So You're Using an Independent Counselor...

By: Jeff Schiffman, Tulane University Director of Admission

Thinking of hiring an independent college counselor to help you navigate the often tricky college application process? Sage advice from Tulane’s Director of Admissions Jeff Schiffman.

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If you are a junior right now, you might be thinking of hiring an independent college counselor to assist and guide you through the college application process. And by you, I mean your parents.

Here at Tulane, we very much value the role that independent counselors can play as you generate your college list and navigate the somewhat complex application process. Independent counselors and consultants can provide valuable guidance and support as well as a wealth of knowledge of the application and financial aid processes. That said, there are a few things to remember if you are thinking of working with an independent counselor.

Ensure that they are members of the National Association for College Admission Counseling or a regional affiliate. Whenever you hire someone to do a service for you (like a contractor or dentist) you always want to make sure they are accredited and certified. Same goes with hiring an independent counselor. Being a part of NACAC means they'll abide by the Statement of Principles of Good Practices. I do not recommend working with a counselor who is not a NACAC member.

Ensure that they are affiliated with IECA or HECA. These are two incredible organizations comprised of all higher education consultation and independent education counselors. They share great ideas, best practices and are a great professional networking group.

Tell your school counselor you are working with an independent counselor. It will do you no good to have to two competing forces. If you opt for an independent counselor, let your school counselor know. Remember, your school counselor is the person writing your recommendation letters and advocating for you in the application process. It's vital that you develop a meaningful and honest relationship with them, first and foremost.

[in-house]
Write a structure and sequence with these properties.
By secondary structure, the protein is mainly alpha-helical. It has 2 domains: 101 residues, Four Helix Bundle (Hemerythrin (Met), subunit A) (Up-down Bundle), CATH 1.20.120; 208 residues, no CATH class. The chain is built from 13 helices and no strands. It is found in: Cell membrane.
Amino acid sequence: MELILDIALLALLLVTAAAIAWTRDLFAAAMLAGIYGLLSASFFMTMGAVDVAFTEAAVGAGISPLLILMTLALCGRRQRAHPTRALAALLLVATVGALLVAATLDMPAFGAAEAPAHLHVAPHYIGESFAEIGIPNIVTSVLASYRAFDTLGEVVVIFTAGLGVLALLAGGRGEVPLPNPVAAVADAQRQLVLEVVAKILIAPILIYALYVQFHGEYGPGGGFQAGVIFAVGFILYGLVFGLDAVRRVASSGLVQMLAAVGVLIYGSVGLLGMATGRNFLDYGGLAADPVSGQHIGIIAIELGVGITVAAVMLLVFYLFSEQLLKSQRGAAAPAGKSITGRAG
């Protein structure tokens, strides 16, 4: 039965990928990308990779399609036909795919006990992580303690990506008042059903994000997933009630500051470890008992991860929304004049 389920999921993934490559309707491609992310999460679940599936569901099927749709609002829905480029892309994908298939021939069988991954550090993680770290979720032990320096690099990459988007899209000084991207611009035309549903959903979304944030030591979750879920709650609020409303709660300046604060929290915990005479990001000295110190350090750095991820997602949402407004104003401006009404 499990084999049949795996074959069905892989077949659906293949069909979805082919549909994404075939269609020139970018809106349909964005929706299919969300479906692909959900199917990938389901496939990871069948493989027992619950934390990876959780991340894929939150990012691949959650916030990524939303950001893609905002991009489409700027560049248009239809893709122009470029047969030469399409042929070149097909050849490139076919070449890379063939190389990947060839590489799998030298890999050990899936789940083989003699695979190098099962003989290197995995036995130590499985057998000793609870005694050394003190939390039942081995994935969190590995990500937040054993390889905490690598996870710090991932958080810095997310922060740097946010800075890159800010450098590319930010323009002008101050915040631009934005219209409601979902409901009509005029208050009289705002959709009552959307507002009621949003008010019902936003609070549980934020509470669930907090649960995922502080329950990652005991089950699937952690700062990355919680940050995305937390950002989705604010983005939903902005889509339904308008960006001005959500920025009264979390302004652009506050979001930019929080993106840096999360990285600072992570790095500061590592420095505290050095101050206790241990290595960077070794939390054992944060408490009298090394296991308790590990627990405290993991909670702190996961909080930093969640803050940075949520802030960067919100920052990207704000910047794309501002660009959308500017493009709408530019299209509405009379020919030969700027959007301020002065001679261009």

Think you can't afford one? Think again! While many independent counselors might come with a hefty price tag, keep in mind that many of them do work for low-income students pro-bono. Head over to those IECA and HECA pages and run a search of a counselor near you. If you know you can't afford one, you've got nothing to lose by reaching out to a few to see if they have the ability to take on probono clients.

Consider any after-school support programs or CBOs. Working with an independent counselor isn't all that different from spending time at a Community Based Organization. I'm fully aware that in some cases, working with an independent counselor can give an already advantaged student an even greater advantage in this process. If you are the first in your family to go to college or are coming from a disadvantaged background, research local programs you can connect with to get support. NACAC has a great list.

Make sure your application remains authentically you. If you remember nothing else from this blog, remember this tip. We expect your application to sound like a high school student has written it. We want to hear your authentic voice. The voice of a 17-year-old guy sounds a lot different than the voice of a 45-year-old woman. Independent counselors can help formulate your college list, provide knowledge about best practices in applying and proofreading your essays, but if your voice starts to fade from your application, well...we can tell.

Remember, you sign your application stating everything in there is accurate and honest. Over the last month, I have been made aware of an independent consultant group out of California that fills out students' applications for them. When we noticed some inconsistencies with an applicant, a call to the student's school ended up exposing that the independent counselor had put false information into the student's application. This resulted in the student being denied admission, something I really hated to have to do. Do not work with consultants like these. You can avoid consultants like this by following steps 1 and 2 above.

We at Tulane have great deal of respect for the work that independent counselors do. If you are considering going this route, following my tips above will ensure that you are working with the best in the business.